An analysis by Stellar Sleep examined changes in sleep patterns of 3,810 individuals before and after the daylight saving time shift in March 2024, focusing on sleep latency and duration.

Stellar Sleep, which offers a digital solution for chronic insomnia management, completed an analysis of sleep data from 3,810 individuals, specifically looking at sleep patterns three days before and three days after March 10, 2024—the day most of the US turned its clocks forward one hour for daylight saving time.

The analysis showed that the time change affected sleep latency the most, and people needed an extra 22 minutes to fall asleep, doubling the national sleep latency average. The data also showed that daylight saving time impacted sleep duration, reducing it by 7%.

Specifically, the daylight saving time data showed:

  • Sleep latency, described as the time it takes a person to fall asleep, was an extra 22 minutes because of daylight saving time. The average US sleep latency is about 15-20 minutes, so sleep latency basically doubled.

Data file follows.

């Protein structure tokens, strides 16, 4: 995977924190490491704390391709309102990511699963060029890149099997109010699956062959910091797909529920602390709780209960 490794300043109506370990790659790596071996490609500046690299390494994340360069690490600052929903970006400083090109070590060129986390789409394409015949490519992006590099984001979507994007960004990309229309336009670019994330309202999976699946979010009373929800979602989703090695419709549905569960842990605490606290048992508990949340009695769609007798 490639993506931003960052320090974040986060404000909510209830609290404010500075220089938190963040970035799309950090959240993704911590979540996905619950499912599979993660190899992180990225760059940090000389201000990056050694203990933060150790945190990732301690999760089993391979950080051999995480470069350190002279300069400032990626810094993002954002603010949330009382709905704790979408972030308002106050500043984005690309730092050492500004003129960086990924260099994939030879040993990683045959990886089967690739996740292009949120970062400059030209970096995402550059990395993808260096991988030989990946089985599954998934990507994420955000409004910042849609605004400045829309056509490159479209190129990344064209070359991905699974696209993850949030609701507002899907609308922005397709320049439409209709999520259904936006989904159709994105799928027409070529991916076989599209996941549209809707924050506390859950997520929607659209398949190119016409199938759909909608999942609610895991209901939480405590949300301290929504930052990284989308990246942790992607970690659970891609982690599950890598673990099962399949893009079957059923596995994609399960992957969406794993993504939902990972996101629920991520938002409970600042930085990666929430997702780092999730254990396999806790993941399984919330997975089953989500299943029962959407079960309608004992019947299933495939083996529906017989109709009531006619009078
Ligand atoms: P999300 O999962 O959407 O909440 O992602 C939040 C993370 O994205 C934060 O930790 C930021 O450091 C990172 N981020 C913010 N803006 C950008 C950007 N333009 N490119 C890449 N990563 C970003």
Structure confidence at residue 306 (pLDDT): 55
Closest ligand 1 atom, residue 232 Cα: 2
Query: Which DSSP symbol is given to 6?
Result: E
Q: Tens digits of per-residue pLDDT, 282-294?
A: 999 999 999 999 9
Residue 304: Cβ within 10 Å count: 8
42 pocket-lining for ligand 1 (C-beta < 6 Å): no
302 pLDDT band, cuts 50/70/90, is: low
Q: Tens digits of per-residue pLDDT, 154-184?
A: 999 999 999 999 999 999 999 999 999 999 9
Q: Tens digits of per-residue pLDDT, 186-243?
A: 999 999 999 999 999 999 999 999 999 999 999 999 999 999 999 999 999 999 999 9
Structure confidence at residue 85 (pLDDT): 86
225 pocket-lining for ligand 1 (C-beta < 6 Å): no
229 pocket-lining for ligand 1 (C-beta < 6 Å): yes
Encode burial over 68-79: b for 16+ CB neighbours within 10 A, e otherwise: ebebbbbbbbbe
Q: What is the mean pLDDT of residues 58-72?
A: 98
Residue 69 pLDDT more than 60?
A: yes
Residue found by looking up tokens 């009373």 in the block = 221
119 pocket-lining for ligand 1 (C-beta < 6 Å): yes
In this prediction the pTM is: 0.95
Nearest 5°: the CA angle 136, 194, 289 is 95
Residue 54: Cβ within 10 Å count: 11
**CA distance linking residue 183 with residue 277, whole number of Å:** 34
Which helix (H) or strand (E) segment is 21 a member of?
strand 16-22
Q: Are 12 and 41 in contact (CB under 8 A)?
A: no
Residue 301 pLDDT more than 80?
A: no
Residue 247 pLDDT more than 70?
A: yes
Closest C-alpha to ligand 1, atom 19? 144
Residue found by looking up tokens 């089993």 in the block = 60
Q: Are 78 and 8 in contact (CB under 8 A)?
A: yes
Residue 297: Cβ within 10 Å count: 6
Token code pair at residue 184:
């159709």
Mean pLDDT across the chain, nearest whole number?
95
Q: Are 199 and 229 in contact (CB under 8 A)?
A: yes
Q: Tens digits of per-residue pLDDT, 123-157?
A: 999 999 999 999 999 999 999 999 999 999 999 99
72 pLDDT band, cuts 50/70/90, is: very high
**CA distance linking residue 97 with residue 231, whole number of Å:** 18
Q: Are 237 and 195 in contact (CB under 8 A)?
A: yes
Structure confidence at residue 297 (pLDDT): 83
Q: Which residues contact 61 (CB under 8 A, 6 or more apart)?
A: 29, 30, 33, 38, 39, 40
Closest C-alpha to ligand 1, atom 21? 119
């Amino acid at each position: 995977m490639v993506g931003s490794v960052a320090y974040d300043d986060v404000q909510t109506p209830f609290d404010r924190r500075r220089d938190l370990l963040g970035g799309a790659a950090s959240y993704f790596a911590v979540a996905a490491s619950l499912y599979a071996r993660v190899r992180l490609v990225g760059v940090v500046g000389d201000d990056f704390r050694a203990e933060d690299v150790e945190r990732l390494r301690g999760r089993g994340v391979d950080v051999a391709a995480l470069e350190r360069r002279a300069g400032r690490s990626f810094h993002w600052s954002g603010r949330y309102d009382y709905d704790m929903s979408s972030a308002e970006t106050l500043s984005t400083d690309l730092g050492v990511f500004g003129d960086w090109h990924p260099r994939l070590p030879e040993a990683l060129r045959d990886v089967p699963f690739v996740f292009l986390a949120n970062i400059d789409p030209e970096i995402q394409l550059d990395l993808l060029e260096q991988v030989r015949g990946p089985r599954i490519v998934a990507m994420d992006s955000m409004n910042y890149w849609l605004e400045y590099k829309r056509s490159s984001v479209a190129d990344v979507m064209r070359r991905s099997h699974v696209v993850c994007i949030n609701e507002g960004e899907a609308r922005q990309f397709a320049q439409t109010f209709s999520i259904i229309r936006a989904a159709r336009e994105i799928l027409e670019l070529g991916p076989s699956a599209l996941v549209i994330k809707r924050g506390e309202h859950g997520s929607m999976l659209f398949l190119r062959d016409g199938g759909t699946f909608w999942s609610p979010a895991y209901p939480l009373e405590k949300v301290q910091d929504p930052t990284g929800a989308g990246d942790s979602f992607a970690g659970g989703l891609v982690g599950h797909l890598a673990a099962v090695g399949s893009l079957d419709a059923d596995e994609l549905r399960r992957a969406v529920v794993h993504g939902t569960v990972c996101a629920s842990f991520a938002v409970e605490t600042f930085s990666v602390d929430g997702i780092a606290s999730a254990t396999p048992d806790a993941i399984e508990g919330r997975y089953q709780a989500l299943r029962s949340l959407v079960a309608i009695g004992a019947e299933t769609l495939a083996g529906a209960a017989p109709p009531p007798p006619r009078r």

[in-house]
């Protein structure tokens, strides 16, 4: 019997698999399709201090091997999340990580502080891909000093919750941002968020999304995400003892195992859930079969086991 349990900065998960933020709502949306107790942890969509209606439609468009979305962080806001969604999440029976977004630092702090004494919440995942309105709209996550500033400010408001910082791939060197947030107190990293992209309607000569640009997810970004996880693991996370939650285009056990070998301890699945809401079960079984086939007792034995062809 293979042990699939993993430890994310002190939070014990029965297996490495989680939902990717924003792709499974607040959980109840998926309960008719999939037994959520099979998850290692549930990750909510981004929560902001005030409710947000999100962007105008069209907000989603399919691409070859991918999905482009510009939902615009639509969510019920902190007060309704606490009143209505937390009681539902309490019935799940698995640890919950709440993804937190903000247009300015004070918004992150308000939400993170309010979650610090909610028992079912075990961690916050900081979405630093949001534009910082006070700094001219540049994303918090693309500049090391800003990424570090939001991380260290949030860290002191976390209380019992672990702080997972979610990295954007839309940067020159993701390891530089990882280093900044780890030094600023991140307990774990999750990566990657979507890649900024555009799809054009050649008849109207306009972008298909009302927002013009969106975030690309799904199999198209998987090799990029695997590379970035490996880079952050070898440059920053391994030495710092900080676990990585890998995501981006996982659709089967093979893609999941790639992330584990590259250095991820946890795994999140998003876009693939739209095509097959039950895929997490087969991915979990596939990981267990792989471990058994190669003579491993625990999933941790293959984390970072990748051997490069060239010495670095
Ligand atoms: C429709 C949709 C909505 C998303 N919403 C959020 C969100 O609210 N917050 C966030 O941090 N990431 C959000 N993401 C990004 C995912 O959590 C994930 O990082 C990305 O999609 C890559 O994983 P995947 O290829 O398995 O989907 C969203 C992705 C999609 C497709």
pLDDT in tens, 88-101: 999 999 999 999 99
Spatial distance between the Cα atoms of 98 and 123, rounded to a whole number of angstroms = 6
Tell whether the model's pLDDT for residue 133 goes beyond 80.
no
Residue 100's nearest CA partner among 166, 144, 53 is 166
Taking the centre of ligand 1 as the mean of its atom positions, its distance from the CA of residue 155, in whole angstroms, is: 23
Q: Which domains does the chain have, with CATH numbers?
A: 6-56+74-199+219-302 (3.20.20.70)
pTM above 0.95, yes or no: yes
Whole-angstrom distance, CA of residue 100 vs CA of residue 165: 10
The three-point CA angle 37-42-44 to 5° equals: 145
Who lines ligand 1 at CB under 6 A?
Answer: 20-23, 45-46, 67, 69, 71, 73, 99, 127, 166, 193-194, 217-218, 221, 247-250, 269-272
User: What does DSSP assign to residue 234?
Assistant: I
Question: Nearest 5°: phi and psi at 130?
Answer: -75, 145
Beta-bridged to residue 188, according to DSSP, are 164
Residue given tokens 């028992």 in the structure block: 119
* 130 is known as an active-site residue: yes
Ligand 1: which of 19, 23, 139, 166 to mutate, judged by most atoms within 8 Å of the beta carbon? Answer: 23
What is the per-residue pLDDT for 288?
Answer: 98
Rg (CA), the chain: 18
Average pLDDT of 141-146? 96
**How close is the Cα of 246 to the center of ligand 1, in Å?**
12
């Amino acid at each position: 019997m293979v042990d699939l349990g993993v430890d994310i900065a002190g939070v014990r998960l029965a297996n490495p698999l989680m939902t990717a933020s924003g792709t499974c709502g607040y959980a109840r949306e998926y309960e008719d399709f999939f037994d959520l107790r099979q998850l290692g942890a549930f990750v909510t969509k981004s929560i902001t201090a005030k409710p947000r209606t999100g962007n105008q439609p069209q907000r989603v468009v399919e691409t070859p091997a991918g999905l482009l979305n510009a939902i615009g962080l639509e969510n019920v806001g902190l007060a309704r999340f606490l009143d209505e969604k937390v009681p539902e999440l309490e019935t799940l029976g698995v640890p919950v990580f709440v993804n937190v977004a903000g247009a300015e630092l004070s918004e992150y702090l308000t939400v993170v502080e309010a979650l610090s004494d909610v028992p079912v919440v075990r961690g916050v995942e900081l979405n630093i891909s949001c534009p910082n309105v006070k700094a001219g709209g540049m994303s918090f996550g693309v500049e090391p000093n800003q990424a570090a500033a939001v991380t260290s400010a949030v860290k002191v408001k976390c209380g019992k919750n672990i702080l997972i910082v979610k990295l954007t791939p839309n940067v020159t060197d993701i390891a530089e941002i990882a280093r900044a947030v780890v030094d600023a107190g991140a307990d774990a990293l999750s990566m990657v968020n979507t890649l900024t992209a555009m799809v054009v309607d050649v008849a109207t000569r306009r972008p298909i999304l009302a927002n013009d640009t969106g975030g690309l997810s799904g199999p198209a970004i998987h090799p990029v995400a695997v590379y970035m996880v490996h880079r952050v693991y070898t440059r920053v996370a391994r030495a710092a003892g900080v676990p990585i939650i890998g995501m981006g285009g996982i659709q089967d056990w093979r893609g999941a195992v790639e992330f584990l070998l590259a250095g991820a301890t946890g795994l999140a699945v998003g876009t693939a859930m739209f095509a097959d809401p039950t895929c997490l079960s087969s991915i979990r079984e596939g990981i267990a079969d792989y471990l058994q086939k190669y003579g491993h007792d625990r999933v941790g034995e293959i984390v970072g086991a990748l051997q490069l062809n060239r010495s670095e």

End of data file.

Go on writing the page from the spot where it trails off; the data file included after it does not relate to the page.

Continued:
• Data shows 27 minutes less sleep duration among people, partially driven by an increase in sleep latency. The average US sleep duration is about seven hours, so sleep duration decreased by about 7% because of this year’s daylight saving time in March.

25 million Americans suffer from chronic insomnia, defined as sleep problems three-plus nights a week for three-plus months,” says George Wang, co-founder and CEO of Stellar Sleep, in a release. “Moderate insomnia and other sleep issues are key warning signs and can lead to chronic insomnia. Many sleep experts have advocated the elimination of daylight saving time, and this data shows why. The spring time change significantly impacted sleep latency and quality for many people.”

Stellar Sleep previously found the fall time change also increases symptoms of insomnia.

Photo 211164579 © Prostockstudio |